Explore the North Carolina Marshlands ‘Where the Crawdads Sing’

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North Carolina marshland | I-95 Exit Guide

Surprise twists await travelers searching for “Where the Crawdads Sing.” Instead of Barkley Cove, the fictional North Carolina setting for the Delia Owens novel and its film adaptation, they’ll find Swansboro, New Bern and other towns within reach of wetlands. They’ll want to check the map before making a quick trip to Asheville, which lies a good 300 miles from the nearest marsh. And if they head to Greenville, they’ll need to book a room somewhere besides the imaginary Three Mountains Motel.

But literal connections are beside the point when it comes to the power that Owens’ heroine draws from the marshes that lie between the North Carolina mainland and its barrier islands, said Wit Tuttell, executive director of Visit North Carolina.

“When travelers think of the North Carolina coast, their minds go first to the Atlantic shoreline, to our national seashores and oceanfront beaches,” Tuttell said. “We’re thrilled that ‘Where the Crawdads Sing’ whets the appetite for an immersion in the wondrous wetlands that stretch the imagination.”

To help readers and movie fans connect with a real-life marsh experience, Visit NC has posted “Kya’s Marshes: Take an NC Trip Inspired by ‘Where the Crawdads Sing,’” a trip plan that zeroes in on New Bern and Croatan National Forest followed by a Wilmington-area stay. And dozens more possibilities await, from the Pine Island Audubon Center on the northern Outer Banks to the Brunswick Island marshes at the state’s southernmost point. Even without a “Welcome to Barkley Cove” sign, scenery evoked by Owen’s 2018 best seller emerges at every turn.

The quest to experience heroine Kya Clarke’s world preceded the movie’s July 15 release, according to Onslow County Tourism Manager Salem Clarke. She’s ready with recommendations of tours out of Swansboro: Marsh Cruises for excursions to Hammocks Beach State Park; Pogie’s with eco-tours on the White Oak River at Croatan National Forest; and Lady Swan Boat Tours, which cruises along the tidal marshes and Bogue Sound. Swansboro, by the way, might make you do a double take, either because you think it might be Barkley Cove or because you recognize it as the setting for Nicholas Sparks’ “The Guardian.”

Guided tour options in other destinations include Tiki Tours on Topsail Island, whose history and nature tours cover fire towers; Beaufort’s Seavisions Charters, with Rachel Carson Reserve and Shackleford Banks among the choices; the River Rover operated by the North Carolina Estuarium in Washington; New Bern’s Cruise the Neuse; and Wrightsville Beach Scenic Tours’ cruises to Masonboro Island Reserve. Crossing the marsh is a highlight of the Vineyard Voyage from Duck to Sanctuary Vineyards, and in downtown Southport, travelers can simply stroll along the 650-foot Marsh Walk.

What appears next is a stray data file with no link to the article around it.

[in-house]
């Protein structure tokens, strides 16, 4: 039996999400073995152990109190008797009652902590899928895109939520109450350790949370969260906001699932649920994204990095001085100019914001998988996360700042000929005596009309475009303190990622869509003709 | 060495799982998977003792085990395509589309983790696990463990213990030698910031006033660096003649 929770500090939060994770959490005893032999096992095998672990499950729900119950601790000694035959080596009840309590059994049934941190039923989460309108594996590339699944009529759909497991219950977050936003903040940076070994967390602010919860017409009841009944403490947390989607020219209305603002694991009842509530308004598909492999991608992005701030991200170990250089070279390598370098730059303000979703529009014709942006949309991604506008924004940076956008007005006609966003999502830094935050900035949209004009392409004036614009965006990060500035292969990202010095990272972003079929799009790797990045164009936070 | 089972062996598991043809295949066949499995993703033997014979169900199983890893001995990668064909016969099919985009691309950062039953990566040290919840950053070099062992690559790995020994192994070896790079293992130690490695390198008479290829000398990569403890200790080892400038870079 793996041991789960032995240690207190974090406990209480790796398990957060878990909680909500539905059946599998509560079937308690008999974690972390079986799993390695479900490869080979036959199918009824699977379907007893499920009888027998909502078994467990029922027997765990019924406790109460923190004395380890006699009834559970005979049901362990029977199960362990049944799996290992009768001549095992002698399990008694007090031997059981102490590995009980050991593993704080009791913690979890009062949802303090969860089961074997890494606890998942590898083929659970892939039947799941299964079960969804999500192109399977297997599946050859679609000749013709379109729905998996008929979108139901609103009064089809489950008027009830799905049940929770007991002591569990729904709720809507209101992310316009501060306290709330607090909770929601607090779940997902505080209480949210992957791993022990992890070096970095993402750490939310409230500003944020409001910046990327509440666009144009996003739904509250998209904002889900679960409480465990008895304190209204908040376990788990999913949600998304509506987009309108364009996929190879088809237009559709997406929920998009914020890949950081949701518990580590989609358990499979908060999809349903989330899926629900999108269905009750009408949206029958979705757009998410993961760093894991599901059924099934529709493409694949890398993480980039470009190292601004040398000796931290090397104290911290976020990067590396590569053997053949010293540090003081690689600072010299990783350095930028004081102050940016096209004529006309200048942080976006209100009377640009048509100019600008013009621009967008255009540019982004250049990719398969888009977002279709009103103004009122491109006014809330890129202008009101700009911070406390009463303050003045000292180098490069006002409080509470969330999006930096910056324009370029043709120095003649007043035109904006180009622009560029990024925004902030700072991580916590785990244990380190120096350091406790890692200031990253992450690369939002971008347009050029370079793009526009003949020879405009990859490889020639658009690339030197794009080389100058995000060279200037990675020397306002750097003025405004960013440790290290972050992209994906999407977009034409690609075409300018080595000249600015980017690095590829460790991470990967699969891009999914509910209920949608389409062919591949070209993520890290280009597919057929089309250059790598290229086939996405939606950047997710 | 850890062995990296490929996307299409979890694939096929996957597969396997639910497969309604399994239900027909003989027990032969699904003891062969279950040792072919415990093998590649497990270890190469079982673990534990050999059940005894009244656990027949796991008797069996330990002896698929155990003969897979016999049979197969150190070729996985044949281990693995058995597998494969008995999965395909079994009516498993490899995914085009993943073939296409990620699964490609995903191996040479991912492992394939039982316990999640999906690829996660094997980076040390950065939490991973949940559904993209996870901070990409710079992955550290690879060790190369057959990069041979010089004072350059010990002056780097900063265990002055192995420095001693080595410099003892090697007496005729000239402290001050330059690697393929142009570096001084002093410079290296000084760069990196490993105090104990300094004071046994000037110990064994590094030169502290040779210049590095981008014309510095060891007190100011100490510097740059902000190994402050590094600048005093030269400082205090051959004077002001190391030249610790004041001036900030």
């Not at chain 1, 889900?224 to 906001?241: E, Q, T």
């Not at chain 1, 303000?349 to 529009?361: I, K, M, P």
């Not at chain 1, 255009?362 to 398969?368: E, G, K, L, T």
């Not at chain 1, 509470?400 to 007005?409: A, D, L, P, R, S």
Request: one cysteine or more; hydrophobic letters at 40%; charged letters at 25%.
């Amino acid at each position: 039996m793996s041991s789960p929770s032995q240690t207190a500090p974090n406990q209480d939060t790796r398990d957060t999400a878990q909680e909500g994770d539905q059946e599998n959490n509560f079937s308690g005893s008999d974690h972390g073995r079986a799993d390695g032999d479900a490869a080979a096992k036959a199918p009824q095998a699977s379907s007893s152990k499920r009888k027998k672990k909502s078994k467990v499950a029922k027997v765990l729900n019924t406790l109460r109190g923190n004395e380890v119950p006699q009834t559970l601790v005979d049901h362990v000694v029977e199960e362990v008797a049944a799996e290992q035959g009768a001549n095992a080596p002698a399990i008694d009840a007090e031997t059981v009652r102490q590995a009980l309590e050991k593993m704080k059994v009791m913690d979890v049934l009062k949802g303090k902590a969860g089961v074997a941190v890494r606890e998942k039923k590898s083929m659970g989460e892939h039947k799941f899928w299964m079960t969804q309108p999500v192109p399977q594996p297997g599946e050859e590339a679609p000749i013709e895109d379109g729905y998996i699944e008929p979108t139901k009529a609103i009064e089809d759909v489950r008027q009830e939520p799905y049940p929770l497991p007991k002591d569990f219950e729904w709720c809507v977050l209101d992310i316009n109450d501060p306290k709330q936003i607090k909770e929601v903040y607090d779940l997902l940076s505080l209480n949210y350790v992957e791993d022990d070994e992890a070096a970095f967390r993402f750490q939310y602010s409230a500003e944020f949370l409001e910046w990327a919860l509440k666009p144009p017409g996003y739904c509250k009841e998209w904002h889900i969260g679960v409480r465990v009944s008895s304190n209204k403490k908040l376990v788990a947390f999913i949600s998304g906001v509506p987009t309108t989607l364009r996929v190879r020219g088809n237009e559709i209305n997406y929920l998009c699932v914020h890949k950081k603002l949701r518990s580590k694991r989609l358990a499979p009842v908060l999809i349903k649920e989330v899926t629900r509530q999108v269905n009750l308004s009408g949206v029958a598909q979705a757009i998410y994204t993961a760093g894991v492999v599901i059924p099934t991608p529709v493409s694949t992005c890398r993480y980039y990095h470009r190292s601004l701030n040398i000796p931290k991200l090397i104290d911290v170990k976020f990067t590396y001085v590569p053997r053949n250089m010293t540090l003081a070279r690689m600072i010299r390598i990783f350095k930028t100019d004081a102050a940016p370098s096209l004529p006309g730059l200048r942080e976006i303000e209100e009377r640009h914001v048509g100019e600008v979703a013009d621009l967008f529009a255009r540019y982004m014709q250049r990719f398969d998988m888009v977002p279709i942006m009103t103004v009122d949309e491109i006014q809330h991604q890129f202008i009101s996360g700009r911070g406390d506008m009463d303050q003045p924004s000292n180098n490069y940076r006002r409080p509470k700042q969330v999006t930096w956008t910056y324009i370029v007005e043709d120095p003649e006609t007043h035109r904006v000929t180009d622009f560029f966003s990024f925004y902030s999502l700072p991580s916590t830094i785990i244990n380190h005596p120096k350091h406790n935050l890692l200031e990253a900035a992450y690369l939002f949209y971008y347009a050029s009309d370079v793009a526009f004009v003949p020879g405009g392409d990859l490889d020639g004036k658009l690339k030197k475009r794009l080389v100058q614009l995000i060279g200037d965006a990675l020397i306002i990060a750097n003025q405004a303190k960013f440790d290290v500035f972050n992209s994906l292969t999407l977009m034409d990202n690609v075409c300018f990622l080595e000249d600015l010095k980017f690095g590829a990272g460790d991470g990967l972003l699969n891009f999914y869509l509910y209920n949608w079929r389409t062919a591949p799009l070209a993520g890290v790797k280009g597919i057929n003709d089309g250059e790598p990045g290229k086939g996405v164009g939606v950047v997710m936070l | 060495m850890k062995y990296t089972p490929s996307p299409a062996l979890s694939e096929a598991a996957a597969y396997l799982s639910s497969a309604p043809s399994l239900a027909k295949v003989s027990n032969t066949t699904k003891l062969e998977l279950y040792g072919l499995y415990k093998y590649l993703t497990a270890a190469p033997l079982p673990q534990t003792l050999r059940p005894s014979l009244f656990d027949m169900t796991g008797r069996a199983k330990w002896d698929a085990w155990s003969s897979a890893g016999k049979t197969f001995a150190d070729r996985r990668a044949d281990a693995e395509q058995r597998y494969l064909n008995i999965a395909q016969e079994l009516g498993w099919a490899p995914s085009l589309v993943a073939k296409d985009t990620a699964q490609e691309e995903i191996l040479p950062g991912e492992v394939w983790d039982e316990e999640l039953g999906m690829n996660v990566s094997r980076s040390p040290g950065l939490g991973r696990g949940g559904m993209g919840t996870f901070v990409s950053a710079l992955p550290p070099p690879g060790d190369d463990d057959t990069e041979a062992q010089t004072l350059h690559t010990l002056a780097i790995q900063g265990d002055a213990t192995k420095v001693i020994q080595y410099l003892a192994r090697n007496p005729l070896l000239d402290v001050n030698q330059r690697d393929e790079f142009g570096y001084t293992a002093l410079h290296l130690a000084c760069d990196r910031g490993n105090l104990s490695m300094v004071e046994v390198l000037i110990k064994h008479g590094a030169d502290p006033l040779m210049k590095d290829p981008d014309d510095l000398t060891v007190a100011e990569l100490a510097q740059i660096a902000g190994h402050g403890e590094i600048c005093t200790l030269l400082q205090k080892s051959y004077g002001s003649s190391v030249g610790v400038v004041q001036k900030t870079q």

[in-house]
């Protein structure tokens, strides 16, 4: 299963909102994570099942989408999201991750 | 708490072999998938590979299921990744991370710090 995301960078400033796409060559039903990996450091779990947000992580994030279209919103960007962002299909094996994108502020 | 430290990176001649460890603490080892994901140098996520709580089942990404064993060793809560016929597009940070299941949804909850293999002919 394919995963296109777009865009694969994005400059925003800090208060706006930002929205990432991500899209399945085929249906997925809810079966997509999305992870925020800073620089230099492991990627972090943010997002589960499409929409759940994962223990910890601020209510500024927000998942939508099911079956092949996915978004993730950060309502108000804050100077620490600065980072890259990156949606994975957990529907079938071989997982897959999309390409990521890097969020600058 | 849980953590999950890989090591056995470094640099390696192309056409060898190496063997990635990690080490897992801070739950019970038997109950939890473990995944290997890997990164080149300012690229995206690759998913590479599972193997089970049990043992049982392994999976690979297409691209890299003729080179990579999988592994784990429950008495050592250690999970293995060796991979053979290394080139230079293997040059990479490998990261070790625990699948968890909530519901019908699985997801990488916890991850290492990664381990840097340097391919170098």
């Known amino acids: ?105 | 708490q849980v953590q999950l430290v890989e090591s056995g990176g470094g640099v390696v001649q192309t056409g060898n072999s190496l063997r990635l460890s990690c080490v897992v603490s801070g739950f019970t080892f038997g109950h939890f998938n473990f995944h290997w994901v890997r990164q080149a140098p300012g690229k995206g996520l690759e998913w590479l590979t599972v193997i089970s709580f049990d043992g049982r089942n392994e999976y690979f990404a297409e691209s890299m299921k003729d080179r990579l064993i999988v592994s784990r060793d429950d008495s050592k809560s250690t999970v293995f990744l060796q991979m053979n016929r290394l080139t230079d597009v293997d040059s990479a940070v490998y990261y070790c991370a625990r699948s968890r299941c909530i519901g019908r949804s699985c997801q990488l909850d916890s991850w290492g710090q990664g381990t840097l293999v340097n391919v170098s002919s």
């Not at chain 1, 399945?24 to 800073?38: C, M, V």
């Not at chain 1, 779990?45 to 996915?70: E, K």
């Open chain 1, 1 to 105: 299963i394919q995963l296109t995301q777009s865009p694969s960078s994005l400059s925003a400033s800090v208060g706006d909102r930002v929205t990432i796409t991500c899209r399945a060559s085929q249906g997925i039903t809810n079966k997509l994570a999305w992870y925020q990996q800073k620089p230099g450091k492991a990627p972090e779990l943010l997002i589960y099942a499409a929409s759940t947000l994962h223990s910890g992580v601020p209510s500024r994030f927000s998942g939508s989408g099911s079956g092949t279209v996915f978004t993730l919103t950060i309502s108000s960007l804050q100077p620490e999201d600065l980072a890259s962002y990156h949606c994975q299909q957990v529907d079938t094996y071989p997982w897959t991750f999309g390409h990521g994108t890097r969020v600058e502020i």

Kayak and stand-up paddle board rentals and tours are widely available for exploring the Kitty Hawk Woods, Buxton Woods, Rachel Carson, Masonboro Island and other reserves. The Cape Hatteras National Seashore calendar features ranger-led kayaking on the Pamlico Sound. Tours along the N.C. Oyster Trail offer another take on the marshes.

North Carolina state parks add to the menu with the marshes at Jockey’s Ridge State Park at Nags Head, Fort Macon State Park at Atlantic Beach, Hammocks Beach State Park at Swansboro, Carolina Beach State Park at Carolina Beach and Fort Fisher State Recreation Area at Kure Beach. Consider the difference between marsh and swamp as they meet at Goose Creek State Park in Washington. Discover more at the National Wildlife Refuges along the central and northern coast.  

“Kya’s story opens a window on the enriching experiences to be found in North Carolina’s natural worlds,” Tuttell said. “We’re thrilled that travelers are eager to immerse themselves in all of this beauty and wisdom.”

For a look at ways to heighten the pleasures and minimize impact from a “Crawdads”-inspired trip, stop by OutdoorNC.com.

About Visit North Carolina:
Visit North Carolina is part of the Economic Development Partnership of North Carolina. Established in 2014, the EDPNC is a 501(c)(3) nonprofit corporation that oversees the state’s efforts in business and job recruitment and retention, international trade, and tourism, film and sports development. The mission of Visit North Carolina is to unify and lead the state in developing North Carolina as a major destination for leisure travel, group tours, meetings and conventions, sports events and film production. For more information on North Carolina’s destinations and travel assets, go to VisitNC.com.


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